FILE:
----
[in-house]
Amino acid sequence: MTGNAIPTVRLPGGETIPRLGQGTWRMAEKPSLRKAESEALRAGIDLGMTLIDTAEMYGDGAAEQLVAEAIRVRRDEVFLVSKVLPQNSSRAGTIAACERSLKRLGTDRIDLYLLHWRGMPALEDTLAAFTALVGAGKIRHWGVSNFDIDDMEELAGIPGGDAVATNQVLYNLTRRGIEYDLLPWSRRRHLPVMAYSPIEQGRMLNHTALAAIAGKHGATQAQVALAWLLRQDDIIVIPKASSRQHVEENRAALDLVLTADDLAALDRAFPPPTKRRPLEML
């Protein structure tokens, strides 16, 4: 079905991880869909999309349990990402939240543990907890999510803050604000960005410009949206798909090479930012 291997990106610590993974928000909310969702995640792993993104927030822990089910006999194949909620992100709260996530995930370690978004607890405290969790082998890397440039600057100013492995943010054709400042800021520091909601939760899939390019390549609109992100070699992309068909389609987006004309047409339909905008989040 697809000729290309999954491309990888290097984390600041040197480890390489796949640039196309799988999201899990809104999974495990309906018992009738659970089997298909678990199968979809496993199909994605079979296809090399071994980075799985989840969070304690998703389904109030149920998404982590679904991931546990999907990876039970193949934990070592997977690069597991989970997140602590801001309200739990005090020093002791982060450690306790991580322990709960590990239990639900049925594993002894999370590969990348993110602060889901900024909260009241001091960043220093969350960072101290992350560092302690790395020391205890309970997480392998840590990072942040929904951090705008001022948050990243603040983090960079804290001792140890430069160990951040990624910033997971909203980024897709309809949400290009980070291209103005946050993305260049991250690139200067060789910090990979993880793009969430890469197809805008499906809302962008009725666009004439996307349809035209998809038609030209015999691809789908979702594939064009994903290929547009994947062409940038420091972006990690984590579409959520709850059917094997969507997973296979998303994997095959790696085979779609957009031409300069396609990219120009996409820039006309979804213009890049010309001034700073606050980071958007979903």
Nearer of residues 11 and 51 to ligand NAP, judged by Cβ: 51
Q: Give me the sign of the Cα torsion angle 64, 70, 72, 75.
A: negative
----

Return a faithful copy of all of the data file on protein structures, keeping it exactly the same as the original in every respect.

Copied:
[in-house]
Amino acid sequence: MTGNAIPTVRLPGGETIPRLGQGTWRMAEKPSLRKAESEALRAGIDLGMTLIDTAEMYGDGAAEQLVAEAIRVRRDEVFLVSKVLPQNSSRAGTIAACERSLKRLGTDRIDLYLLHWRGMPALEDTLAAFTALVGAGKIRHWGVSNFDIDDMEELAGIPGGDAVATNQVLYNLTRRGIEYDLLPWSRRRHLPVMAYSPIEQGRMLNHTALAAIAGKHGATQAQVALAWLLRQDDIIVIPKASSRQHVEENRAALDLVLTADDLAALDRAFPPPTKRRPLEML
């Protein structure tokens, strides 16, 4: 079905991880869909999309349990990402939240543990907890999510803050604000960005410009949206798909090479930012 291997990106610590993974928000909310969702995640792993993104927030822990089910006999194949909620992100709260996530995930370690978004607890405290969790082998890397440039600057100013492995943010054709400042800021520091909601939760899939390019390549609109992100070699992309068909389609987006004309047409339909905008989040 697809000729290309999954491309990888290097984390600041040197480890390489796949640039196309799988999201899990809104999974495990309906018992009738659970089997298909678990199968979809496993199909994605079979296809090399071994980075799985989840969070304690998703389904109030149920998404982590679904991931546990999907990876039970193949934990070592997977690069597991989970997140602590801001309200739990005090020093002791982060450690306790991580322990709960590990239990639900049925594993002894999370590969990348993110602060889901900024909260009241001091960043220093969350960072101290992350560092302690790395020391205890309970997480392998840590990072942040929904951090705008001022948050990243603040983090960079804290001792140890430069160990951040990624910033997971909203980024897709309809949400290009980070291209103005946050993305260049991250690139200067060789910090990979993880793009969430890469197809805008499906809302962008009725666009004439996307349809035209998809038609030209015999691809789908979702594939064009994903290929547009994947062409940038420091972006990690984590579409959520709850059917094997969507997973296979998303994997095959790696085979779609957009031409300069396609990219120009996409820039006309979804213009890049010309001034700073606050980071958007979903």
Nearer of residues 11 and 51 to ligand NAP, judged by Cβ: 51
Q: Give me the sign of the Cα torsion angle 64, 70, 72, 75.
A: negative